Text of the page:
There is something to be said for wireless keyboards and mice.
For starters they free up your desk space and there are no cables to up end your coffee cup or send the inevitable pile of paperclips crashing to the floor when you move the mouse at just the wrong angle.
There is something very Star Trek about communicating with a keyboard and mouse that are disembodied from the main screen.
Set phasers on neeeeeeeeeerrrrrd!
They have their issues as well though and some of these definitely never appear in a Star Trek episode. Chief among these is when they run out of battery or for some other mysterious reason they refuse to communicate with your computer.
What are you supposed to do when the only way you can communicate has been taken away from you? This is why I always recommend that you have a wired keyboard and mouse in a drawer somewhere for just such an emergency.
This wired keyboard and mouse could be the old ones that came with your Mac so many years ago. However if you have a more recent Mac that only came with a wireless keyboard and mouse then spending up to $20 at your local Officeworks store to buy a No-name brand USB keyboard and mouse is a sound investment.
Yes you read that correctly – it is most assuredly a myth that you need an Apple branded keyboard and mouse to work with a Mac.
I cannot tell you how many times I have heard that one over the years!
HP, Dell, Microsoft and Logitech and others all make very good USB keyboard and mouse combos at varying degrees of expense and they all work with your Mac.
So now that I have encouraged you to squirrel away a wired keyboard and mouse, let’s get into what to do when a wireless keyboard and mouse get into a huff.
Could it really be that simple?!
First thing to do is to check that it has new batteries. The older Bluetooth keyboard and mouse from Apple take AA batteries. See here for a great article by Apple.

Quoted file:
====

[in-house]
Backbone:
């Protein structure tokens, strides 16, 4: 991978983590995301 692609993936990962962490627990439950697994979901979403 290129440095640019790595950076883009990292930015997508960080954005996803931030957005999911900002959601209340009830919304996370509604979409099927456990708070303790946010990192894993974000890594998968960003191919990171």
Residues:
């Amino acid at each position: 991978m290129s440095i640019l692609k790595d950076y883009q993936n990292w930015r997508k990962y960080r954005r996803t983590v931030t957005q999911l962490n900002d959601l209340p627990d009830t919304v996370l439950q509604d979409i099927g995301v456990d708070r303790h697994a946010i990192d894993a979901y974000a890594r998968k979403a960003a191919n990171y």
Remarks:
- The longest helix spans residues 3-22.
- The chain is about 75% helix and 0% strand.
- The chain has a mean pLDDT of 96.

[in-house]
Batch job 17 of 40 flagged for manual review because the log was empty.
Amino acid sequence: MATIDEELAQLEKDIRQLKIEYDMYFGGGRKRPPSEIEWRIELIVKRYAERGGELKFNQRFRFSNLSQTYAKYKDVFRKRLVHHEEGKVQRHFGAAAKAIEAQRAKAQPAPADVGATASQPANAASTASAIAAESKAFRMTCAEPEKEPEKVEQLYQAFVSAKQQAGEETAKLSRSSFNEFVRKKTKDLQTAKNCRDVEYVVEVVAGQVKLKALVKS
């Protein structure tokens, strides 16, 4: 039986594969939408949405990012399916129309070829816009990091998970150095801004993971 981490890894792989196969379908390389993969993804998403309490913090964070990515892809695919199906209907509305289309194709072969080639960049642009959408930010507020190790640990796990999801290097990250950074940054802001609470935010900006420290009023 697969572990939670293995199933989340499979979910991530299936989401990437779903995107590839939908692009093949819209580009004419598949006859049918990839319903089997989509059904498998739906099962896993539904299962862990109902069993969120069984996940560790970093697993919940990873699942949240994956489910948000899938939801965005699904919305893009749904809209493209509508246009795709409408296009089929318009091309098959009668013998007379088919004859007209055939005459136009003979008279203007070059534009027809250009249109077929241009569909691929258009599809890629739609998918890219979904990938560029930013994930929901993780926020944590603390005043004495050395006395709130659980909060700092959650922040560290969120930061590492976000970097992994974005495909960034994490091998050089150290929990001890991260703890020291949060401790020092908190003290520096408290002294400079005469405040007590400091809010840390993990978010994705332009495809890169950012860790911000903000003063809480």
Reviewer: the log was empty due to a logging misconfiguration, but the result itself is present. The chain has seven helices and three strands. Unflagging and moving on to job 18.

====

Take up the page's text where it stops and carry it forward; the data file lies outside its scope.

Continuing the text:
The newer wireless keyboard and mouse have charging cables and have batteries like mobile phones. The great thing about these is that they do not add to the landfill or your inevitable impoverishment by having to buy so many AA batteries. Generally speaking you should get plenty of warning if the battery needs to be charged and all you need to do is plug the cable in. The new mouse does have a curious design and I have covered that here.
Okay so it’s not the batteries!
First thing to do would be to find that keyboard and mouse that you bought so long ago and plug them in.
Next do the following:
- Click on the Apple menu and choose System Preferences.
- Click on Bluetooth.
- It will list all of the Bluetooth devices that are connected to your Mac.
- Click on the device that is no longer working and click on the small cross that appears on the right hand side. This will delete the item from your Mac.
- As we have already made sure that it is not the batteries turn off your keyboard or mouse using the switch and then turn it back on.
- All going well your keyboard should try to introduce itself to your Mac and will appear in the lower half of the window. Clicking on the Connect button it will bring up a code that you can then type in using using your Bluetooth keyboard. This is a way of making sure that they are communicating and that you are pairing the right keyboard.
- Thankfully a mouse is much easier – once removed (as per step 4 if you are playing along at home) just turn it off and then turn it back on again, click on the connect button when it appears and you are good to go.
- Once working unplug your USB keyboard and mouse and stick them back in the drawer for another five or six years!